Once upon a time cheese was the last food you would find on a heart healthy eating plan. By my how times change in the fast paced world of nutrition science, especially in the field of functional foods. Recently we caught up with researcher, Professor Peter Clifton to chat about plant sterols. Our latest FOOD FLASH post reviews the new kid on the cholesterol lowering block – Kraft Live Active cheese range
The Dietitians Association of Australia describes plant sterols as:
A naturally occurring ingredient that can help to reduce the absorption of cholesterol from food. They are found in small amounts in: nuts, seeds and legumes; vegetable oils; breads and cereals; fruits and vegetables. When eaten in the right amounts, plant sterols have been shown to lower blood cholesterol by up to 10-15% when combined with a healthy lifestyle. This is because they block the body’s ability to absorb cholesterol, leading to lower levels of cholesterol in the blood.
According to Professor Clifton, “The daily dietary intake of plant sterols is 160-400 mg among different populations. Dietary sources include vegetable oils (especially unrefined oils), nuts, seeds and grains so vegetarians may [naturally] eat up to 750mg a day, which would provide some degree of cholesterol lowering.”
Plant sterols have been added to our doctored food supply for at least 10 years in products like table spreads, yogurts and milks……even orange juice in countries like the USA. And now there is a cheese to please. You can read more about the safety and approval of plant sterols on our food regulator’s, FSANZ website.
Several international studies support the addition of plant sterols to cheese. Professor Clifton (unpublished) also has assessed the effect of 2g/day of plant sterols in cheese slices and cream cheese. Forty-eight subjects completed the study. They had an average BMI of 28 (range 19-39.2), age 58 years (range 38-71 years), an average total cholesterol of 5.7 (range 4.1-7.6 mmol/L) and LDL cholesterol of 3.7 (range 2.6-5.8 mmol/l). LDL cholesterol decreased by 4 and 4.8% respectively (both p‹0.01). If only participants with a baseline [elevated] total cholesterol of 5.5 mmol/L or above are considered, then the change in LDL cholesterol is 0.23 mmol/L (or 6%) and 0.29 mmol/L (or 8%) for cheese slice and cream cheese respectively.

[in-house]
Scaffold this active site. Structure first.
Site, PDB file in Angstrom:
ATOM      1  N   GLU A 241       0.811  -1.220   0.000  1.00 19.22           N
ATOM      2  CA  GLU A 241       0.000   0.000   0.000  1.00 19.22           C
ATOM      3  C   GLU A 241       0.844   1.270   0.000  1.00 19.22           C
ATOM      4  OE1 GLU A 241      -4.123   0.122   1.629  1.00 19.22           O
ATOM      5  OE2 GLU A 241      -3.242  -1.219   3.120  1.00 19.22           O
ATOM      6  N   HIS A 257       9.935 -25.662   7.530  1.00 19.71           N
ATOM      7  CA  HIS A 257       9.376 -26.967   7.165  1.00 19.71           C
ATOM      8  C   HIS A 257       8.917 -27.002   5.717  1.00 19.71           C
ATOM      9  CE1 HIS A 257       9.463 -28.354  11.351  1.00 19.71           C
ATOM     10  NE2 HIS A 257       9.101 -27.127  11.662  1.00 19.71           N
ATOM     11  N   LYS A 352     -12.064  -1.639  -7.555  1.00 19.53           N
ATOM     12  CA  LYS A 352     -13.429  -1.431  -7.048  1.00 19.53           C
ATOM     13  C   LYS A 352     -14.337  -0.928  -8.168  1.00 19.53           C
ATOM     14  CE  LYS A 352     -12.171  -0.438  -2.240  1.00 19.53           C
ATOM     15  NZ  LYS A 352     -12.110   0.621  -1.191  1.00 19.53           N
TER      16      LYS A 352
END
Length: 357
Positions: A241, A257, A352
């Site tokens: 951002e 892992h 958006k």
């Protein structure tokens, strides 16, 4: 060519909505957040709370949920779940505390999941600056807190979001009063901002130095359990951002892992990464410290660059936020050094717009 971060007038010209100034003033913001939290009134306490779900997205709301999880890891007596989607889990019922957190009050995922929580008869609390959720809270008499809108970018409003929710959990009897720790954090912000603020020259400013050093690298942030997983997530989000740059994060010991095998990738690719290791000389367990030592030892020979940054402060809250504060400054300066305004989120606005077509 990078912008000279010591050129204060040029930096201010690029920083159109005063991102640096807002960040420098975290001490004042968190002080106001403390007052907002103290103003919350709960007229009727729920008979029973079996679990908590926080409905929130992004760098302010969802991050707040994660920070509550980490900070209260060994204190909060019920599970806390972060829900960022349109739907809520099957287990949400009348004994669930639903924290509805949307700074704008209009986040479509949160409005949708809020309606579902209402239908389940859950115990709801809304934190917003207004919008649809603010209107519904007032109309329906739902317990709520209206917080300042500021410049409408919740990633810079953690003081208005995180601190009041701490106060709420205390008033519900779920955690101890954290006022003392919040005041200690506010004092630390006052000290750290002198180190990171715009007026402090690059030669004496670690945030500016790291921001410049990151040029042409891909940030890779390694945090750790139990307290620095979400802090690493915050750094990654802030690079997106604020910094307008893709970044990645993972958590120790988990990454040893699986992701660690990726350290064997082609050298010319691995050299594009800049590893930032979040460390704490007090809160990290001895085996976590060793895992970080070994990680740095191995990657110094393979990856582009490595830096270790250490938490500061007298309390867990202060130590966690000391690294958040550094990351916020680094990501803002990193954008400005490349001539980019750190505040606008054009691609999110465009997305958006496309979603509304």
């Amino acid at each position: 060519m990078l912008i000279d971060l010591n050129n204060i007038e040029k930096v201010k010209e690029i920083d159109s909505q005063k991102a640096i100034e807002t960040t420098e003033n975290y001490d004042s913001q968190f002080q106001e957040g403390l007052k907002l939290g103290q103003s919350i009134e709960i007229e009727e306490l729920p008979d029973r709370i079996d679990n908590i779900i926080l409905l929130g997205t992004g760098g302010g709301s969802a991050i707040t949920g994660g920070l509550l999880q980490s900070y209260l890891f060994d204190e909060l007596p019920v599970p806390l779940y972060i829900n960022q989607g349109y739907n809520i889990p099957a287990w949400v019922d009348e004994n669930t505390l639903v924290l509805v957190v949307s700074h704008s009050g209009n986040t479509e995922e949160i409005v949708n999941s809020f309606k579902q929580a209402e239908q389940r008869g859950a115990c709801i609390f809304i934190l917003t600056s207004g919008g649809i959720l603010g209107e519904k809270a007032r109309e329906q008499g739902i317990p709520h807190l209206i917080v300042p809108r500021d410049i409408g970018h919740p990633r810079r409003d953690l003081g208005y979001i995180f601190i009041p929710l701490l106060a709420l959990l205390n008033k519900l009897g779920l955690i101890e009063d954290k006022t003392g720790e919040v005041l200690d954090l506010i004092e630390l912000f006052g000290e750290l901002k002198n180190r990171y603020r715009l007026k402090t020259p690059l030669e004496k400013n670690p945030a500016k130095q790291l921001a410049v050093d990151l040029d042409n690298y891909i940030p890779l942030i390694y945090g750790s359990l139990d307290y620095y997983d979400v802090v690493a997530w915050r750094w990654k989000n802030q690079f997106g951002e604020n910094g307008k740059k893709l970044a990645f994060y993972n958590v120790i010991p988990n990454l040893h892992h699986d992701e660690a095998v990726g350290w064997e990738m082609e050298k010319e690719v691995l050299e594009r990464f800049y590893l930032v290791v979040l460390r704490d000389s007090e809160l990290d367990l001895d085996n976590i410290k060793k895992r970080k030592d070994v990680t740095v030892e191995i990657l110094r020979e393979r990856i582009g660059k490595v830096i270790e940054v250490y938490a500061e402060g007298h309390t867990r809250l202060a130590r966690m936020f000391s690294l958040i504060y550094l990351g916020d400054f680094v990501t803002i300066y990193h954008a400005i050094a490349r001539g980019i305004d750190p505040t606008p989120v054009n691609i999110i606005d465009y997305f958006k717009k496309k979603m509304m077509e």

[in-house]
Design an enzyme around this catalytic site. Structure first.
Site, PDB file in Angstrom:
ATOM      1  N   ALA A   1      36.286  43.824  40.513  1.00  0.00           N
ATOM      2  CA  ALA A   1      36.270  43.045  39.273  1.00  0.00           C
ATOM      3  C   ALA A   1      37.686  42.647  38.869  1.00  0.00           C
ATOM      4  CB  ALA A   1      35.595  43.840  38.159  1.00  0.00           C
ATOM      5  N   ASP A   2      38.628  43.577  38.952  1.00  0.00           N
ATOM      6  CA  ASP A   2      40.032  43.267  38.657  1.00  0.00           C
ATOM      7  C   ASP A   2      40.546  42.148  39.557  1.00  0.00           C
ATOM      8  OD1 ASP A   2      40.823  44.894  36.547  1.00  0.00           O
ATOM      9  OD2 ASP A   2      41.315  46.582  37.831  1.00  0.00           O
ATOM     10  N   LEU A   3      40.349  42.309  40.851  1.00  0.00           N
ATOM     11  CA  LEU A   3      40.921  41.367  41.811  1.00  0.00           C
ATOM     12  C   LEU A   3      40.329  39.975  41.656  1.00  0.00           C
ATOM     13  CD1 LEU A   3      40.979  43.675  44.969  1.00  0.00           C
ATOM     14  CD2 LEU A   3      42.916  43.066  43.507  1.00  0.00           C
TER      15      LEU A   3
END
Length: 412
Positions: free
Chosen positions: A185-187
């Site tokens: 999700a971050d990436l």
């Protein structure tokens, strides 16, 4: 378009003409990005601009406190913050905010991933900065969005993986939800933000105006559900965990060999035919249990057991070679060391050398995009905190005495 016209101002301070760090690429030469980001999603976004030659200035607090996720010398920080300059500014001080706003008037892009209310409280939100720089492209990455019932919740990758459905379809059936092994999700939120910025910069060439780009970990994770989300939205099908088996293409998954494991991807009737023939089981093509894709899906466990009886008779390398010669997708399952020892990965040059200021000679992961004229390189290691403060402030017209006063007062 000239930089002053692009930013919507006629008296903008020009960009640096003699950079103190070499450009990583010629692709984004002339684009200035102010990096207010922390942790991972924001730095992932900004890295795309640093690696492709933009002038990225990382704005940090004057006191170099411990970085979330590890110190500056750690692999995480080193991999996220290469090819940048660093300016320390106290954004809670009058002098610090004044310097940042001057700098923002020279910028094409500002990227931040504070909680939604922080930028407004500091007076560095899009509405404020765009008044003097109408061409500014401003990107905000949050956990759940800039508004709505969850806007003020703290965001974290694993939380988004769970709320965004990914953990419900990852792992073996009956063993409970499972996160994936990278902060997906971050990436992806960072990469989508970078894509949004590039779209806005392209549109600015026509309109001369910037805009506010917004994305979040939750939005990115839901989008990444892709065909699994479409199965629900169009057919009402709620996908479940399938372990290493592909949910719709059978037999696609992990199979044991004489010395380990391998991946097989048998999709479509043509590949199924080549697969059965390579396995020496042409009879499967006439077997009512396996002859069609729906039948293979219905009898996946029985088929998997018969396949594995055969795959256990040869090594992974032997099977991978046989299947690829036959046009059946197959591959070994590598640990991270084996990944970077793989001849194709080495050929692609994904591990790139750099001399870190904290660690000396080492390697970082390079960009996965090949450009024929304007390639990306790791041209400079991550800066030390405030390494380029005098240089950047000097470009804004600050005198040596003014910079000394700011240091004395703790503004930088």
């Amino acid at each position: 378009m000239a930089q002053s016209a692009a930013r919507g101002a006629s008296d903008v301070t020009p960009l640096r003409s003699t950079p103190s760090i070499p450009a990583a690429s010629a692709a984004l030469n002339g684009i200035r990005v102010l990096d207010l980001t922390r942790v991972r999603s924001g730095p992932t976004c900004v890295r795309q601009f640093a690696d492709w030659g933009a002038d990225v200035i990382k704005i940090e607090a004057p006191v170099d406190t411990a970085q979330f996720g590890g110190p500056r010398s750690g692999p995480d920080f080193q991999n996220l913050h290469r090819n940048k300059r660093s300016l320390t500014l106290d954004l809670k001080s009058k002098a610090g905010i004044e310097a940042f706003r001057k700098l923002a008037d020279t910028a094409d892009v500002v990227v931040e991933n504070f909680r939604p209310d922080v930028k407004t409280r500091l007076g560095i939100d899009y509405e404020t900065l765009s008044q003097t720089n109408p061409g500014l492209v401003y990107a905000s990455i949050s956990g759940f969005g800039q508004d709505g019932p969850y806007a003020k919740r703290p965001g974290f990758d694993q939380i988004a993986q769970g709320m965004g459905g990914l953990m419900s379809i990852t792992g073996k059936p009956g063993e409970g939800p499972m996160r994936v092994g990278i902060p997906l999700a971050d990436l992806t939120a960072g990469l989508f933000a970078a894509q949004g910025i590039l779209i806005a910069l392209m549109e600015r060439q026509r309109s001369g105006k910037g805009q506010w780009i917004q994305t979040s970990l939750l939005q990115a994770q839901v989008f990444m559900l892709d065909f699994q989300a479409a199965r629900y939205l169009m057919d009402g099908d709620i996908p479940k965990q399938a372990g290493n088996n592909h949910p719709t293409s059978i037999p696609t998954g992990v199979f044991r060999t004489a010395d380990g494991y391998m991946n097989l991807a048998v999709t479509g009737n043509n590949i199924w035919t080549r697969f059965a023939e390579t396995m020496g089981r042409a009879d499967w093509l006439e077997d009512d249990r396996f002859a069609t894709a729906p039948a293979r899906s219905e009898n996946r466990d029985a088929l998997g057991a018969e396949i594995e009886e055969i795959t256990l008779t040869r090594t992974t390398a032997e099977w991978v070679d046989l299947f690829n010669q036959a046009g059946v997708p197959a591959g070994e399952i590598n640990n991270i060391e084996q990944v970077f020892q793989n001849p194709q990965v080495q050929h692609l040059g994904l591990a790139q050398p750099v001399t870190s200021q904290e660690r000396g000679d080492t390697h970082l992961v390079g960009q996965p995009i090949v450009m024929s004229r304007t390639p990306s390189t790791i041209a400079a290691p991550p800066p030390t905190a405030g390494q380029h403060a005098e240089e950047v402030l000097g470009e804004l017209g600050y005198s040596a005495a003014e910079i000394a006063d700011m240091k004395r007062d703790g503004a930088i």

Kraft Live Active Low Down
The product comes in reduced fat cheese slices as well as mini tubs of reduced fat cream cheese. The Heart Foundation of Australia recommends 2-3g of plant sterols per day for cholesterol management. This can be obtained from 1 x 40g minitub of the cream cheese or 2 cheese slices.
What we like:
– It’s just feels better promoting a food with essential nutrients like calcium, rather than piling on a spread for bread. Live Active cheese has the lowest fat per serve compared to spreads and milk products enriched with plant sterols on the Australian market (as of August 2010). Two serves, containing the recommended amount of 2g of plant sterols per day, provides less than 5g of fat. To get the same benefit you would have to eat 1.5 tablespoons of plant sterol containing spread.
– It tastes just like cream cheese. We didn’t roll out the blindfolds for a taste test, but we felt like we were eating regular cream cheese. Dr Clifton confirmed that subjects in the clinical trial did not detect palate changes.
What you need to know:
– There is no additive or extra benefit to consuming more than 3g of plant sterols (or 3 serves of plant sterol enriched products) per day.
– While they are safe for the whole family, there is no benefit to children or adults who do not have elevated cholesterol levels. Stick to regular reduced fat cheese products and save your pennies.
– Plant sterols can be effective with results seen in a short period of time (3 weeks) but they are not a magic bullet. Make sure you speak with an Accredited Practising or Registered Dietitian about your total heart healthy eating plan and lifestyle. And consult with your doctor about any existing cholesterol medication you have been prescribed.
So how about it readers? Have you had success with plant sterol containing foods? Do you support doctored, functional foods? Or do you feel that all natural is the way to go, like oats with cholesterol lowering beta-glucan? Go on, leave a comment below. We truly value your views, further insights or any questions.
Disclosure: Professor Peter Clifton was involved in the research and education on Live Active on behalf of Kraft. He was previously with the CSIRO and is co-author of The CSIRO Total Wellbeing Diet. He is now Head of Baker IDI Heart and Diabetes Institutes Nutrition Intervention Laboratory.